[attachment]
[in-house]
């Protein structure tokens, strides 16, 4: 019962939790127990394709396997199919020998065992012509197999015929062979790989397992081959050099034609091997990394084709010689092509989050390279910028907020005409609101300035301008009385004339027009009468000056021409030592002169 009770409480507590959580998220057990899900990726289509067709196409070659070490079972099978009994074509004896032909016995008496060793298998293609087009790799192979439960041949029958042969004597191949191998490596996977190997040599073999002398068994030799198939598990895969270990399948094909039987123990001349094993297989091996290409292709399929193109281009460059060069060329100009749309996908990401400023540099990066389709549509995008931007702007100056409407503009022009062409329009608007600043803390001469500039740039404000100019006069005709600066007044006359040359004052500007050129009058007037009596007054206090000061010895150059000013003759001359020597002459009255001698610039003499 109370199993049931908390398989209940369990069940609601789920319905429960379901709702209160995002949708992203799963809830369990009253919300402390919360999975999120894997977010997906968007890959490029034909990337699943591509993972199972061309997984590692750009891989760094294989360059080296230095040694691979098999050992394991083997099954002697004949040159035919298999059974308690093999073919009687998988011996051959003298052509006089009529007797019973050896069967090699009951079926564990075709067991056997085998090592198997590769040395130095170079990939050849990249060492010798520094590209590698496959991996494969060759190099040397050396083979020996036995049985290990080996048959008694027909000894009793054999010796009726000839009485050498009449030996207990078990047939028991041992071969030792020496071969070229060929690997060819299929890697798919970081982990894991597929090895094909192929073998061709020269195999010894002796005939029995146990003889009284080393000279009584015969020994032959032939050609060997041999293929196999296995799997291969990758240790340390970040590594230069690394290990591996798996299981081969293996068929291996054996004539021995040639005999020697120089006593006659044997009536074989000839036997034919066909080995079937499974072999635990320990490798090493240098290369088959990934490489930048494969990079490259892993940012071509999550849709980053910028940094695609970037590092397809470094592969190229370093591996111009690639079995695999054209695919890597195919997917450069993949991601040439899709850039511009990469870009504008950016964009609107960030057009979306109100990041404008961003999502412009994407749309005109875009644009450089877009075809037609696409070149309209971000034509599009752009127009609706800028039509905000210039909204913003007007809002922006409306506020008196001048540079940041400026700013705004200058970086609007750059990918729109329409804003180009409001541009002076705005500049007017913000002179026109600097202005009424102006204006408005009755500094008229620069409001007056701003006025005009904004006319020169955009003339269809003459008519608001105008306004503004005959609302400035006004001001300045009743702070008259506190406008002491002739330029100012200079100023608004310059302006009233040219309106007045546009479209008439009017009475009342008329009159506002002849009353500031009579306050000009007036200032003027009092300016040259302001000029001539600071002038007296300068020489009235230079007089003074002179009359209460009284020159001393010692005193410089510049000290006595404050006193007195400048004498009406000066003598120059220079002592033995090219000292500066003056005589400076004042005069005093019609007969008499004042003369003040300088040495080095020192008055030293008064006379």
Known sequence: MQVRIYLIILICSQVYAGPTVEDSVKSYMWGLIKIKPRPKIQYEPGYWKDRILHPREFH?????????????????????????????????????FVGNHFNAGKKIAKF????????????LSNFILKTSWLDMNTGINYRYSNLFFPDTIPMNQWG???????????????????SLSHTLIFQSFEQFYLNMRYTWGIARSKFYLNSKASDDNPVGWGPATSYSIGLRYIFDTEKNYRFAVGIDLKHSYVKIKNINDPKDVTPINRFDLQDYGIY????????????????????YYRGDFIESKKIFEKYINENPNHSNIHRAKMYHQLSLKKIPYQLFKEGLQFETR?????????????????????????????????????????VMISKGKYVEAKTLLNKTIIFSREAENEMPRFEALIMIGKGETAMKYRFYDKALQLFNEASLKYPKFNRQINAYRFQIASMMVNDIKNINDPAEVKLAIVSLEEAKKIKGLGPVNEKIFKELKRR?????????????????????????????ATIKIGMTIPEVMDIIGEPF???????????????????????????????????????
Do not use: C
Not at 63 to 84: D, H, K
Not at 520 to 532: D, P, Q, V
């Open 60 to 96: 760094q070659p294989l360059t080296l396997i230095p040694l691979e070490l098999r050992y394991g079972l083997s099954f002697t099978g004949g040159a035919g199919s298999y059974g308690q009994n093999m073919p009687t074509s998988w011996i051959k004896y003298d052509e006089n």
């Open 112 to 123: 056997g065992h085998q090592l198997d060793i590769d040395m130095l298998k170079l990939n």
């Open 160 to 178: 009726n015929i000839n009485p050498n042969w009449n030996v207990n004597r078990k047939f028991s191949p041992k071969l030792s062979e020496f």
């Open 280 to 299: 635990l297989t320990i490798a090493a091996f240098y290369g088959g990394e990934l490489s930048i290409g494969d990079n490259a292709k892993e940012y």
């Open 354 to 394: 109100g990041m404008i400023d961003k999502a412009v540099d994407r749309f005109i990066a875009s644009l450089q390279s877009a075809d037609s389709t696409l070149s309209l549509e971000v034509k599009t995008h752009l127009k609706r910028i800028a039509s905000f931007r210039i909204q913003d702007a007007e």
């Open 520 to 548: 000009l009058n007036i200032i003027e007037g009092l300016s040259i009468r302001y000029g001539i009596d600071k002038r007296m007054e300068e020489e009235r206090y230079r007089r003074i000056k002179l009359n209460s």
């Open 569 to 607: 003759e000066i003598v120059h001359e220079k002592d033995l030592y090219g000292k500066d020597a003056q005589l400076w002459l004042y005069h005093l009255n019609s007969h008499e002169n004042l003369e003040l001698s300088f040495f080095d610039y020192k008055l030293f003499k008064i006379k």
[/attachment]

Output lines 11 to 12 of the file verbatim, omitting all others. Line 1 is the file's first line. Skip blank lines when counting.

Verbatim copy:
């Open 354 to 394: 109100g990041m404008i400023d961003k999502a412009v540099d994407r749309f005109i990066a875009s644009l450089q390279s877009a075809d037609s389709t696409l070149s309209l549509e971000v034509k599009t995008h752009l127009k609706r910028i800028a039509s905000f931007r210039i909204q913003d702007a007007e």
């Open 520 to 548: 000009l009058n007036i200032i003027e007037g009092l300016s040259i009468r302001y000029g001539i009596d600071k002038r007296m007054e300068e020489e009235r206090y230079r007089r003074i000056k002179l009359n209460s």